Modernizing Legacy Systems in Airline Operations Management: Approaches and Best Practices
Various external factors result in outdated technological solutions being replaced by modern ones. Hence, modernizing legacy systems in airline operations is quite apparent when technology adoption is concerned.
Further, with the growth of on-demand citizen services, modernizing legacy software has become even more important. The following section can provide insight into the approaches and best practices that can bring about such operational changes.
Ideally, the approach toward modernization must include the following four aspects:
1. Defining the monoliths
Airlines don’t have a single monolith to manage the entire operation. A software landscape likely distribute between several monoliths dedicated to MRO, operations control centers, aircraft scheduling, etc.
These monoliths may be legacy, and their architecture could complicate due to the embedment of third-party services. When the initial mapping of the software landscape define, the main monolithic parts get highlighted.
2. Adopting DevOps
Microservices architecture forms the basis of engineering agility. However, you can’t achieve that without DevOps. The practice usually entails combining a software engineering team with frontline IT operations. While these two groups work as a single unit, microservices allow streamlined feedback loops and fast adjustments.
3. Adopt microservices
Adopting microservices in airline operations management may not directly impact legacy monoliths, but it can reduce efforts to break down and refactor them.
4. Extract modules
Mapping multiple modules in a single monolith needs you to consistently extract separate modules into microservices by connecting through APIs.
In addition to the approaches, some of the best practices in modernizing legacy systems include the following.
1. Data Management
Most airlines must improve management and internal data sharing to streamline cross-unit operations. Most records underuse or soil, which complicates business intelligence and ETL operations. The recognized approach to data management includes foundation, analytics, and visualization.
- Foundation: Foundation includes implementing microservices architecture and cloud. They allow real-time retrieval and data unification for cross-unit data exchange and BI operations.
- Analytics: Machine learning and data science have allowed scaling from the descriptive stage to the prescriptive and predictive analytics stage. Prescriptive levels entail defining automation for decision support systems and BI, while predictive analytics enables anticipation of future events.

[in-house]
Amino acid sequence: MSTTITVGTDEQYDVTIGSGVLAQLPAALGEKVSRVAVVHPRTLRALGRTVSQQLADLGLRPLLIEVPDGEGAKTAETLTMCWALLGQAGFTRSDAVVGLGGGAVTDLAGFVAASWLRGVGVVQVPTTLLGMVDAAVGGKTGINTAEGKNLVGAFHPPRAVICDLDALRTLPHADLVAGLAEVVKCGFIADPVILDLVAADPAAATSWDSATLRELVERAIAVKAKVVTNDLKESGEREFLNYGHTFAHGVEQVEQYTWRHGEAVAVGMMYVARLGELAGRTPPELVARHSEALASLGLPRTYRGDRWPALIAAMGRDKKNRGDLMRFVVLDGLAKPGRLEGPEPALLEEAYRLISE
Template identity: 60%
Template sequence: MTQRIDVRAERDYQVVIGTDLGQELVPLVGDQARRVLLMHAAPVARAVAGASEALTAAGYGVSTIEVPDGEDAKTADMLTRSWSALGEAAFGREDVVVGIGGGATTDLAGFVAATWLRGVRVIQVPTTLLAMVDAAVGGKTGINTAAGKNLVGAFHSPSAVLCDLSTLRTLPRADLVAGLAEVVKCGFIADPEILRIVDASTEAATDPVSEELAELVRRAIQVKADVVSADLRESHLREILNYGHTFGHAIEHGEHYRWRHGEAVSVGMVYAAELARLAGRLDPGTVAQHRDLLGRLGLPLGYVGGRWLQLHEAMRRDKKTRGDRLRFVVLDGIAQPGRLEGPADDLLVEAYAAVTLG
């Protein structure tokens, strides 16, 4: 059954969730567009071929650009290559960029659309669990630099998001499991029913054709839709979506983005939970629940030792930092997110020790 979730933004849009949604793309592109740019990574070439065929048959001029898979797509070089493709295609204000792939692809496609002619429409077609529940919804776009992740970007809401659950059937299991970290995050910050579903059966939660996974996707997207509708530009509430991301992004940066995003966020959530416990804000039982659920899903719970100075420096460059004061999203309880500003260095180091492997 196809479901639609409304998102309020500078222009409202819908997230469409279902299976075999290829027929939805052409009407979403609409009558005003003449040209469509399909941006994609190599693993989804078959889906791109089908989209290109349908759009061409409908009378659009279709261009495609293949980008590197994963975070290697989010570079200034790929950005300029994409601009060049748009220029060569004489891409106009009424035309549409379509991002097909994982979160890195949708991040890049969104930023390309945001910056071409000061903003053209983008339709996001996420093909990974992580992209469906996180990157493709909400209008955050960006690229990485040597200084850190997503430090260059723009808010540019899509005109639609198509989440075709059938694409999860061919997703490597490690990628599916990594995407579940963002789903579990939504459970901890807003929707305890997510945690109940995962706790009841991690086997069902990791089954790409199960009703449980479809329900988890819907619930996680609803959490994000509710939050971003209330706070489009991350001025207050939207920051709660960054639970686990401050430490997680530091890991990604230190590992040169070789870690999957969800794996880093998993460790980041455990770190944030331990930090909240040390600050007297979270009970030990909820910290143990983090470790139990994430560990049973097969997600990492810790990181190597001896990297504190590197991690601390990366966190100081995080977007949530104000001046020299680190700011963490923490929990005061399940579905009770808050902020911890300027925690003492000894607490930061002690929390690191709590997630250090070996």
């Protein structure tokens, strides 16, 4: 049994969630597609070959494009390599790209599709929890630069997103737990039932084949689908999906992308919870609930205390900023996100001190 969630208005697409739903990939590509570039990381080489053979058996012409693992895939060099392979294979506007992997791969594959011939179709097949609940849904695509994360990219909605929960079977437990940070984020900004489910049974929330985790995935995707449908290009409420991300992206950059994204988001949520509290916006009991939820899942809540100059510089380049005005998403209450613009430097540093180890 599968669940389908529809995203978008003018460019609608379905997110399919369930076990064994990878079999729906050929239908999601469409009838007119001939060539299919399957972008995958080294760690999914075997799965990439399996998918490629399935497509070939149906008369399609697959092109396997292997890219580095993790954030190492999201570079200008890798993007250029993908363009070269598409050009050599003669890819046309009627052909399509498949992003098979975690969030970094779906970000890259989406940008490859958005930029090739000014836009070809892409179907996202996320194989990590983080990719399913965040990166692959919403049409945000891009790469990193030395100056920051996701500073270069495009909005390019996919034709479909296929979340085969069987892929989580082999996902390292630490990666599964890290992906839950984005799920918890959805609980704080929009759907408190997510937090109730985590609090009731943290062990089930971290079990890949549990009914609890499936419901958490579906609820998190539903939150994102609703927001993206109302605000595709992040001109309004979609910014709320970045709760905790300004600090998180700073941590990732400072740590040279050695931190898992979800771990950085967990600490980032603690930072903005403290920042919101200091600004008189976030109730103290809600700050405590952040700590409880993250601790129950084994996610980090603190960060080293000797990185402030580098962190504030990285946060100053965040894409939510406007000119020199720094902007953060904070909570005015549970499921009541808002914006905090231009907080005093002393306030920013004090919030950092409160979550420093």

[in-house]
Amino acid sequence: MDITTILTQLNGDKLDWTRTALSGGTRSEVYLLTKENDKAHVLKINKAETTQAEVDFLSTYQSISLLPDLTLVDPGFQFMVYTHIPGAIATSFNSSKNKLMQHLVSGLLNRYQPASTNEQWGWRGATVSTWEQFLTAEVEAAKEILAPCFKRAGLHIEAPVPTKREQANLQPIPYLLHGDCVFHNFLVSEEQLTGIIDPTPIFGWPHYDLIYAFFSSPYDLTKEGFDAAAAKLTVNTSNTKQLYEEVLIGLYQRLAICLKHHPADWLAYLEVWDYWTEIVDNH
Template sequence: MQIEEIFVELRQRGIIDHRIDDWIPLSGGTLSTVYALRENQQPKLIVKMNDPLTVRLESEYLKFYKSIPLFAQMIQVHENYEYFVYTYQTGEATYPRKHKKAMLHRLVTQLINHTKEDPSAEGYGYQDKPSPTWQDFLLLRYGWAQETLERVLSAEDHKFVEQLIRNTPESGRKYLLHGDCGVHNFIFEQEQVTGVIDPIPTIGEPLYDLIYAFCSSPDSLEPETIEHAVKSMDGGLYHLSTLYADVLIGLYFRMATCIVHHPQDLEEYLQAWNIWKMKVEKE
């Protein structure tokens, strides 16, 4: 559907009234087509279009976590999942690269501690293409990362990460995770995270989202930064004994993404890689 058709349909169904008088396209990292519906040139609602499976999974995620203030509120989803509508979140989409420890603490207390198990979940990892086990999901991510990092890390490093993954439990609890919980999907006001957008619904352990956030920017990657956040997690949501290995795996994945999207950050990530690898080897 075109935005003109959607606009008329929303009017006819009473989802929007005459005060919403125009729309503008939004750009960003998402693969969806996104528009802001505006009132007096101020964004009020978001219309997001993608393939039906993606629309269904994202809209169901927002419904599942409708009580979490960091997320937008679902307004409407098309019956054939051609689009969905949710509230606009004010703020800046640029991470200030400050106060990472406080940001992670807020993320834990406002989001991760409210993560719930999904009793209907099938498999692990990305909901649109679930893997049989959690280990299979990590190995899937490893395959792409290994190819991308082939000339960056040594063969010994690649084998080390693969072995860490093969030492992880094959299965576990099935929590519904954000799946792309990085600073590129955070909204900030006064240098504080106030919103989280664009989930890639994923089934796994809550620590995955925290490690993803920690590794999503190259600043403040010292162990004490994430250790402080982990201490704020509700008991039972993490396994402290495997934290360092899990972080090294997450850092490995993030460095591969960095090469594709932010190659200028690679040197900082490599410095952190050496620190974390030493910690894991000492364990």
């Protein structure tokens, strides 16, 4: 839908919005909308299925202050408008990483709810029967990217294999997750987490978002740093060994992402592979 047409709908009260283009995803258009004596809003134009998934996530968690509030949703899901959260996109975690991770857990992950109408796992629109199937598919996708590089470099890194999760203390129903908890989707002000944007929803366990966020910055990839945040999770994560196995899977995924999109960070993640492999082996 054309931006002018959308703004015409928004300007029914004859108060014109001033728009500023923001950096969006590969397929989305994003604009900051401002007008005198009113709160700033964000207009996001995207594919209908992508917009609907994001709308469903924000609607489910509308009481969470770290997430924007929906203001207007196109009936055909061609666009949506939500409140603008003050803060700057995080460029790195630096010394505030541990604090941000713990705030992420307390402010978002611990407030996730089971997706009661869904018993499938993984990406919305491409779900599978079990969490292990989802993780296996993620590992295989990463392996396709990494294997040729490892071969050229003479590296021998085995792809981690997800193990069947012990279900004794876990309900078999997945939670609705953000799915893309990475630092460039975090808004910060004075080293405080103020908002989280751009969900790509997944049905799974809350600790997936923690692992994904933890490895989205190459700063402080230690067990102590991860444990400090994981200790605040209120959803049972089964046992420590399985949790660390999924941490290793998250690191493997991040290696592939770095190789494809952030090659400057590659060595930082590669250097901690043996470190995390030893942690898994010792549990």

- Visualization: Visualization defines analytics accessibility and speed of reaction of human operators to incoming information. However, modernizing data management depends on changes in internal management and engineering efforts.
Airline management must align software used to access data in real-time by:
- Introducing archival policies and data retention lead to data coherency and data processing.
- Introducing policies of data governance to control and audit data operations.
2. Enterprise mobility
More airlines are also applying BYOD policies and mobility measures to enable real-time and unified crew, roster updates, and scheduling. This practice can enable instant data retrieval, monitoring fuel levels, storing files and notes in a single repository, real-time debriefing data, and reducing paperwork.
The two main initiatives on which implementation of enterprise mobility strategy in airlines depends are:
- Mobile UX engineering: The challenge in mobile UX engineering is developing a proper UX design. Hence, user-friendly applications that allow instant data retrieval should highlight.
- Cloud migration: Cloud-based architecture allows the back-end environment to source data instantly from various business units and facilitates its availability through SaaS-based mobile apps. This architecture can install on employee-owned or corporate devices.
Upgrading the legal IT system keeps a firm competitive. It is best to start with database and architectural changes as the first initiatives that may serve as the backbone for future improvements. However, modernization is not a one-time project. You will only achieve excellent results and expand the business through continuous support and maintenance.
Airline Operations Management
Airline operations managers are responsible for the integration of several different functions to provide efficient and effective service. While these positions do not usually receive a great deal of public attention, they are often responsible for enabling the success of an airline. Their work combines a wide range of different inputs and the exercise of judgment to influence the results. Their outputs are often the value of the combined inputs of different departments, from marketing and engineering to customer service and ground handling. They also oversee large numbers of direct and contracted staff.
Airlines are also increasingly relying on technology to improve their processes and optimize operations. Airline operations are the nerve center of the airline business, and their effectiveness and efficiency directly affect the customer experience. However, to improve airline operations, airlines are implementing Integrated Operations Centers (IOCs). These are designed to reduce the risk of disruption and inefficient operations.